According to a study conducted by the scientists of the nanoscience and water research unit of DST, resulted that there is a close link between toxic heavy metal used in fertilizers, observed that the symptoms of diabetes and cardiovascular diseases among farmers. It is arrived at by comparing the number of people found to have the condition with the total number of people studied, and is usually expressed as a fraction, as a percentage, or as the number of cases per 10,000 or 100,000 people. The research was carried out in a village in Tamil Nadu on around 900 farming community by testing the urine samples.
The samples were analyzed at Kovai Medical Center and Hospital (KMCH) Research Foundation, Coimbatore. Dr Pradeep Thalappil, Professor of Chemistry at IIT, Madras informed that around 82.5 percent of the study population was involved in farming and high levels of toxic metals were detected in the synthetic fertilizers used in the study village. The prevalence of pre-diabetes, diabetes and atherosclerosis was 43.4 percent , 16.2 percent and 10.3 percent , respectively.
Pre-diabetes is a condition in which blood sugar is high, but not high enough to be type 2 diabetes in which the body either doesn’t produce enough insulin, or it resists insulin. Atherosclerosis is a cardiovascular disease in which there is narrowing of the arteries due to plaque buildup on the artery walls.
“But urinary levels of metals such as arsenic, chromium, aluminium and zinc showed an association with diabetes, while arsenic and zinc showed an association with pre-diabetes and atherosclerosis,” Dr Thalappil further added.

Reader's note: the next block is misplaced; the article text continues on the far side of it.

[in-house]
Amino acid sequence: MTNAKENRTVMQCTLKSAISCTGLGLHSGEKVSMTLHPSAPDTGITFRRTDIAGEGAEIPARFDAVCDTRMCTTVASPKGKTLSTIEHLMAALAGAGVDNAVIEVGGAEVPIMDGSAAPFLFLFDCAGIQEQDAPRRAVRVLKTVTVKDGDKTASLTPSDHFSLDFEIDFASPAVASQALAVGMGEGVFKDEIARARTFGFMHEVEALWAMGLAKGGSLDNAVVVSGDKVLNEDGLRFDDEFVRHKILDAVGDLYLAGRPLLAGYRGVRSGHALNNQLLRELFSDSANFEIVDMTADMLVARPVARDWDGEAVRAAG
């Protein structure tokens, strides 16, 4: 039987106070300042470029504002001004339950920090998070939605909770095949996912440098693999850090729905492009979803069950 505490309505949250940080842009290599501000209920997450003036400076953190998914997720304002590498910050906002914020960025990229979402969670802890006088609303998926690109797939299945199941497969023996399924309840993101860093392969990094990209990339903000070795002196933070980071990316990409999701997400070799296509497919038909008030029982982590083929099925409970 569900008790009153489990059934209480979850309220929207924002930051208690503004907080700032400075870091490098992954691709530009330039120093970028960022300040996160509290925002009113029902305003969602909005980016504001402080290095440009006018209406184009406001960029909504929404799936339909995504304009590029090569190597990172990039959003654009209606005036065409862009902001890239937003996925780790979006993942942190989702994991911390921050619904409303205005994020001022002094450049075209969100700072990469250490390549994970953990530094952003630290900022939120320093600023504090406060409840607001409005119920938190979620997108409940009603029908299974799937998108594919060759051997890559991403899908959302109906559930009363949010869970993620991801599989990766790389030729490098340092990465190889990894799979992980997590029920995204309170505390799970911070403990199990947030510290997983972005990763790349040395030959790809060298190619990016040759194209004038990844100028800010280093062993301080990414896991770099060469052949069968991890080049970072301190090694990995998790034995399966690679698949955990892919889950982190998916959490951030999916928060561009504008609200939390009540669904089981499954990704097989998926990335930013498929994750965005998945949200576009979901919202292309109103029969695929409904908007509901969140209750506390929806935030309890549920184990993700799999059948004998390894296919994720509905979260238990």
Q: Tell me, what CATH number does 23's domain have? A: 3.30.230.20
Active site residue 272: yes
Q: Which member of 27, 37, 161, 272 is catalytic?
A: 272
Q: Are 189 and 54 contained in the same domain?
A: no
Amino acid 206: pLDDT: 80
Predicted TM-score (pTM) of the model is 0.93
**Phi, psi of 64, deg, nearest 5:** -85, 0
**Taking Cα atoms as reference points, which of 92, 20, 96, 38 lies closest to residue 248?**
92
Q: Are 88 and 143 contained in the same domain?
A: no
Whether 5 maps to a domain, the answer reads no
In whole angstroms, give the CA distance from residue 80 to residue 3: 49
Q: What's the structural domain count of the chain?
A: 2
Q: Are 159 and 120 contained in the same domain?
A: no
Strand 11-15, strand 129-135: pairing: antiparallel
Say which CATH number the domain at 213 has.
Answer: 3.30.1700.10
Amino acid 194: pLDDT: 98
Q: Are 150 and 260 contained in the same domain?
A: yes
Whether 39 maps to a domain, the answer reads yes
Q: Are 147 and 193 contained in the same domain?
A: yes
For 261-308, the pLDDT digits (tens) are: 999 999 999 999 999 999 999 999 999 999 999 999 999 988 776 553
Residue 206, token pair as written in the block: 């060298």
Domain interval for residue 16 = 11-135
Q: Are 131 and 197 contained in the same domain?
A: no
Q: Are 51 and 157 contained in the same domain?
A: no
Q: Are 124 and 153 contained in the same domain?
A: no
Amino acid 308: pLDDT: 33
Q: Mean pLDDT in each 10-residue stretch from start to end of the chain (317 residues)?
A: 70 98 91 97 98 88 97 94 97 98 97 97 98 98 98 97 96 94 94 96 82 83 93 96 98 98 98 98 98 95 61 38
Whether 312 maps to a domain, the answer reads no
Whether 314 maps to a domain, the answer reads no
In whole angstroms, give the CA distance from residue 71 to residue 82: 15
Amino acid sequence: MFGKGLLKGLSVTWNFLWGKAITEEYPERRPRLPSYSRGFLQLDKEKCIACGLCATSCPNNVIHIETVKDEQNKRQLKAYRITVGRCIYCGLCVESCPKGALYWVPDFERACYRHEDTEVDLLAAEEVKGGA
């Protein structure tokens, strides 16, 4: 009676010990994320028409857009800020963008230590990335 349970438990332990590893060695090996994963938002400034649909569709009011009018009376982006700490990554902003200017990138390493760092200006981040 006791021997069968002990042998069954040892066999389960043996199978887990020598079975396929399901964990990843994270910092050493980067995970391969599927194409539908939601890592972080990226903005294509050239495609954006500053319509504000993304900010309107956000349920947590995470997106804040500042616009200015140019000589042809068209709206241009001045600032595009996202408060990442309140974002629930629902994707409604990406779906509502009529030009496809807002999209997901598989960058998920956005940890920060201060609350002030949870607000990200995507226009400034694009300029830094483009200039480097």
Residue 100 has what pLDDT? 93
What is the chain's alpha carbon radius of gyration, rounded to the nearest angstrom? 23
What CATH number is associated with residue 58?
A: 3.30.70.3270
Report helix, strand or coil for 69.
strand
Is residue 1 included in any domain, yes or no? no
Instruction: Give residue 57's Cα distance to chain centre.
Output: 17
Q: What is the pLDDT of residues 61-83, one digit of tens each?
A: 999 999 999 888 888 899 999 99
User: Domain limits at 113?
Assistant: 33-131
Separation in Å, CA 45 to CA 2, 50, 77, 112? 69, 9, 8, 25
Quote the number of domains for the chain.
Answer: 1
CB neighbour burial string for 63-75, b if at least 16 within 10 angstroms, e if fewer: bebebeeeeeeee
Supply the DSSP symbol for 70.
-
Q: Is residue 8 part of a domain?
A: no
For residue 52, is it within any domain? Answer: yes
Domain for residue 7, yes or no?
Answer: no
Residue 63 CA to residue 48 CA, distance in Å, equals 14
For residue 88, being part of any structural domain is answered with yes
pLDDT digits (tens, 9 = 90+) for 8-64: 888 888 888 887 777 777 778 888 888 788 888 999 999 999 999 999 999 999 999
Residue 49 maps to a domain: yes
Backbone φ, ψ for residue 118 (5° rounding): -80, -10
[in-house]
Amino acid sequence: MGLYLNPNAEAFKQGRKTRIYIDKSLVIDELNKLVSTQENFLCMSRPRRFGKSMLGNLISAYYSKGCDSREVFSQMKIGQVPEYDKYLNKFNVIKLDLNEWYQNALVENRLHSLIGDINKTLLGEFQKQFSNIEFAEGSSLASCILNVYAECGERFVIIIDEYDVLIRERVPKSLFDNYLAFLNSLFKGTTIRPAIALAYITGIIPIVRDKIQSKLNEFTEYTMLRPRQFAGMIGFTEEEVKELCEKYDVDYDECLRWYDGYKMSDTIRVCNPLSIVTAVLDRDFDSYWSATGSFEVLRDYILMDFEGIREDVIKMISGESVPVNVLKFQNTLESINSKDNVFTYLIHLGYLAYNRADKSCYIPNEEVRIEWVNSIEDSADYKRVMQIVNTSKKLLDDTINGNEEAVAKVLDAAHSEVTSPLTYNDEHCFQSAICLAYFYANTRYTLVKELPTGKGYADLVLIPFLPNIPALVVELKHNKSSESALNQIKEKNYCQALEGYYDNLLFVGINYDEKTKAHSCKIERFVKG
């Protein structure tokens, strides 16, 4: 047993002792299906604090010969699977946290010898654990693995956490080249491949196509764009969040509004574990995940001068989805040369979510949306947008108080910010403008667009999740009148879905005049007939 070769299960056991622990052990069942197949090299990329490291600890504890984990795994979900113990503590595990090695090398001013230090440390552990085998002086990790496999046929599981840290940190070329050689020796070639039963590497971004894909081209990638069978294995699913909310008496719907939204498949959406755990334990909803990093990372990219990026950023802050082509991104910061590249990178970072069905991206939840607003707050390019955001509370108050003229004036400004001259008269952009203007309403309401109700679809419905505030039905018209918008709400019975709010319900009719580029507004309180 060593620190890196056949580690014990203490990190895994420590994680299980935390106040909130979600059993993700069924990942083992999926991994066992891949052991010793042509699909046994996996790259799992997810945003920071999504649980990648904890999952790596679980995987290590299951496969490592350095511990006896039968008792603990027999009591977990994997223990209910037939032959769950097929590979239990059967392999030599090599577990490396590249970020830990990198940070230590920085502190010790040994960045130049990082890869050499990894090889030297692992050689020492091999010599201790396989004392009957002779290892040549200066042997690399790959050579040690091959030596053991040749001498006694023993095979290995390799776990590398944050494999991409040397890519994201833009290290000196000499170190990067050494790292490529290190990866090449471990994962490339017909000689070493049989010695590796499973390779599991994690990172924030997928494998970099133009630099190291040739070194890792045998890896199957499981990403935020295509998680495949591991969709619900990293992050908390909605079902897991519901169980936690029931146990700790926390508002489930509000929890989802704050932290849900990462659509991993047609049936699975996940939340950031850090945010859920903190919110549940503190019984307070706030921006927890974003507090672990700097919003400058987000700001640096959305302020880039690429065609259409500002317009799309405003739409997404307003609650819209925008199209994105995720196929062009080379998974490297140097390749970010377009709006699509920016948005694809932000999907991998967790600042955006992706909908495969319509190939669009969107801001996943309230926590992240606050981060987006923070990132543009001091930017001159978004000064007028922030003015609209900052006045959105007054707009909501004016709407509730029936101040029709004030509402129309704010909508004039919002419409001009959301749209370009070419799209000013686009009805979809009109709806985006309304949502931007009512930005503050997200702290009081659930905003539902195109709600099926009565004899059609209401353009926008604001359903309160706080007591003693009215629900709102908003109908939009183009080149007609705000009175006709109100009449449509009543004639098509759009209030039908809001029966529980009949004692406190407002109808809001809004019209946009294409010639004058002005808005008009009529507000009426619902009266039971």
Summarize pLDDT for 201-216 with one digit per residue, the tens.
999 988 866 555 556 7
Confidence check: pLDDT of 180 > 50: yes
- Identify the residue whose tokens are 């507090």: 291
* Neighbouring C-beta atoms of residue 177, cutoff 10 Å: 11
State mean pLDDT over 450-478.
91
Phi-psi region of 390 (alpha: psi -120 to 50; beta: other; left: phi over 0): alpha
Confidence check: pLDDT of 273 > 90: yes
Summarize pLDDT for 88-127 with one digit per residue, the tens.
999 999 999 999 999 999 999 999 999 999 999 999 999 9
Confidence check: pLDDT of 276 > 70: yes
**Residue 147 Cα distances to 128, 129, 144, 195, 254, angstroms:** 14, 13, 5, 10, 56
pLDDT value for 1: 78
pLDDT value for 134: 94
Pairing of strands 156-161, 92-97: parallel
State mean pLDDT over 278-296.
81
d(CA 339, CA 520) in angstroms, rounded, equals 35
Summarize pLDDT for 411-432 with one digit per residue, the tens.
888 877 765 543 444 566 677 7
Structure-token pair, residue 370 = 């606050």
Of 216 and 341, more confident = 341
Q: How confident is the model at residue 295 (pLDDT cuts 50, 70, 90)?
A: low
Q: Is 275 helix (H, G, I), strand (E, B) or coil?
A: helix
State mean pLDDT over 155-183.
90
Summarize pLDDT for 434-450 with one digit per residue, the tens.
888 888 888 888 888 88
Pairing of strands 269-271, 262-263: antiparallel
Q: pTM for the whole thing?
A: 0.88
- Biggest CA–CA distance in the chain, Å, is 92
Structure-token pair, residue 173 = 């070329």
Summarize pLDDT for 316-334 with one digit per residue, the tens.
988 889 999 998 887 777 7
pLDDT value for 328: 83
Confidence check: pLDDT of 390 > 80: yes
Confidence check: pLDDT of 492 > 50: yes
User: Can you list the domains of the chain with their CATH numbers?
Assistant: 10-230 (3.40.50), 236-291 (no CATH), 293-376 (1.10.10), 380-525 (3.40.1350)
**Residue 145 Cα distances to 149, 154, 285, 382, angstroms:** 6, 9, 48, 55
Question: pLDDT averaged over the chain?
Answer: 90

“Interestingly, no association of traditional risk factors for all the three non-communicable disease conditions (pre-diabetes, diabetes and cardiovascular disease) such as body mass index, blood pressure and total cholesterol with disease conditions was observed,” said Thalappil.
Synthetic fertilizers used in farming can trigger diabetes and cardiovascular diseases, government scientists have found.
The phase one results of the Indian Council of Medical Research (ICMR)-INDIAB (India diabetes) study have also shown that the prevalence of non communicable diseases is higher in both urban and rural areas of India compared to earlier studies.
A recent analysis of trends done by the All India Institute of Medical Sciences, New Delhi revealed an increase in diabetes prevalence among the rural population at a rate of 2.02 per 1,000 population per year.
The health ministry has been running screening programs in rural areas to get to the bottom of the rising incidence of non-communicable diseases in these areas.
Krishi Jagran/New Delhi